Kansas City Royals: Five Worst Royals All-Star Selections

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KC Royals Jeff Montgomery (Photo by Jeffrey Phelps/The LIFE Images Collection/Getty Images)

Here’s one that could easily be overlooked due to Jeff Montgomery‘s extremely successful career. He’s in the 300-save club and the Royals Hall of Fame, and sits with Dan Quisenberry as one of the two best Royals closers of all time. 1996, however, may’ve been the beginning of the end of Monty’s success; this represented his third All-Star game and he didn’t even end up pitching in it.

As far as closing games goes, 1996 was a horrid year for Monty. By the All-Star break he had already blown six saves, lost six games, and had a 4.20 ERA. By the end of the season he had blown 10 saves, more than anyone else in the league, and had a 71% conversion rate.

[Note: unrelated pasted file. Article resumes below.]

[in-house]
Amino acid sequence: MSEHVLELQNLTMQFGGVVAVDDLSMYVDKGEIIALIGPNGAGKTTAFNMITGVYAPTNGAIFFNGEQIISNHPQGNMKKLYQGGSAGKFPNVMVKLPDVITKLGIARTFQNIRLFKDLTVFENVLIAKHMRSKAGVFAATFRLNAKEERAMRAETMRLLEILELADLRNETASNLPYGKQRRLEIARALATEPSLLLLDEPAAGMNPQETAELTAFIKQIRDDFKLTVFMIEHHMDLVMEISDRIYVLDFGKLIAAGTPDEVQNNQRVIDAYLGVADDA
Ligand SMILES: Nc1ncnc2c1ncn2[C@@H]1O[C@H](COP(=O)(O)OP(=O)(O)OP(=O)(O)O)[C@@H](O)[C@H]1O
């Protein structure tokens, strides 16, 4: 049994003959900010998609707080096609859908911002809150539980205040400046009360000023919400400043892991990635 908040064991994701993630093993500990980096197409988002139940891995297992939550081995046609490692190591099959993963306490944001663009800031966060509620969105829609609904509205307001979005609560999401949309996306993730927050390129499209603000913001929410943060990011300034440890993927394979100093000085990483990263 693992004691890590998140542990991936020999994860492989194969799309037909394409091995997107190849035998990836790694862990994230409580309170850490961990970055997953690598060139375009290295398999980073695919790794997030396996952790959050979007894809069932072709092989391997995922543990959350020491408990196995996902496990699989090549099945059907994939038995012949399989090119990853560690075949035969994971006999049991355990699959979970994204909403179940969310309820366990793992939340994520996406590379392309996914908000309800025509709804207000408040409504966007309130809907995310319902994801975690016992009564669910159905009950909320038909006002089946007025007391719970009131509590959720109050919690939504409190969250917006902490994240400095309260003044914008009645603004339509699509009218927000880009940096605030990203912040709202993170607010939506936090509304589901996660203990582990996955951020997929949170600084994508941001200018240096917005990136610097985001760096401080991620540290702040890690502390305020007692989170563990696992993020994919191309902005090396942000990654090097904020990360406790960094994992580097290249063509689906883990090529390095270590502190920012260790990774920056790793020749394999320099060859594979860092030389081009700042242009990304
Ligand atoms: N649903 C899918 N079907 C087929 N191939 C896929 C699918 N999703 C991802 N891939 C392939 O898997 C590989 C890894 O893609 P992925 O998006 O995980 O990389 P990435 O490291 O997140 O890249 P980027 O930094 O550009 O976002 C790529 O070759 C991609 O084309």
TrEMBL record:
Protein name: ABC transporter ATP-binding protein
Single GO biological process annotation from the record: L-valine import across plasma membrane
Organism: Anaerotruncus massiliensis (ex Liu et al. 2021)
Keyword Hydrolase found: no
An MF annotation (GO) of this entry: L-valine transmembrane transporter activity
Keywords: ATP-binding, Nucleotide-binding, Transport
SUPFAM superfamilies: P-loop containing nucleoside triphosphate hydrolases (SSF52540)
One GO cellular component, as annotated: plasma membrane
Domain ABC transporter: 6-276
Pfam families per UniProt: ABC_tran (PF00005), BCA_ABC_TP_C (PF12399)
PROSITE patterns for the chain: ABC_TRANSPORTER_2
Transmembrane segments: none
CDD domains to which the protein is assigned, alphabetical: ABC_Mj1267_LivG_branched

No other pitcher with at least 18 save opportunities had a worse rate (Monty had 34 opportunities in total). To put this into perspective, in 2014 only one closer had a conversion rate under 80%.

So, what was Monty doing there? Well, obviously he was a respectable name who would (and still does) represent the Royals organization well, and the reality was, there wasn’t much else to choose from.

Highlights from the season included 66 stolen bases from Tom Goodwin, a .303 batting average from Jose Offerman, and 22 home runs from Craig Paquette (but you know, the Orioles had seven players with 20+ home runs this same year, so Paquette’s 10 first-half dingers with a .238 batting average didn’t turn too many heads). Tim Belcher, Kevin Appier, and Jose Rosado all had decent years, but nothing that screamed “All-Star” either (plus, Appier had gone in 1995).

So, the Royals finished the year 75-86, last in the AL Central, and Jeff Montgomery was their lone All-Star.

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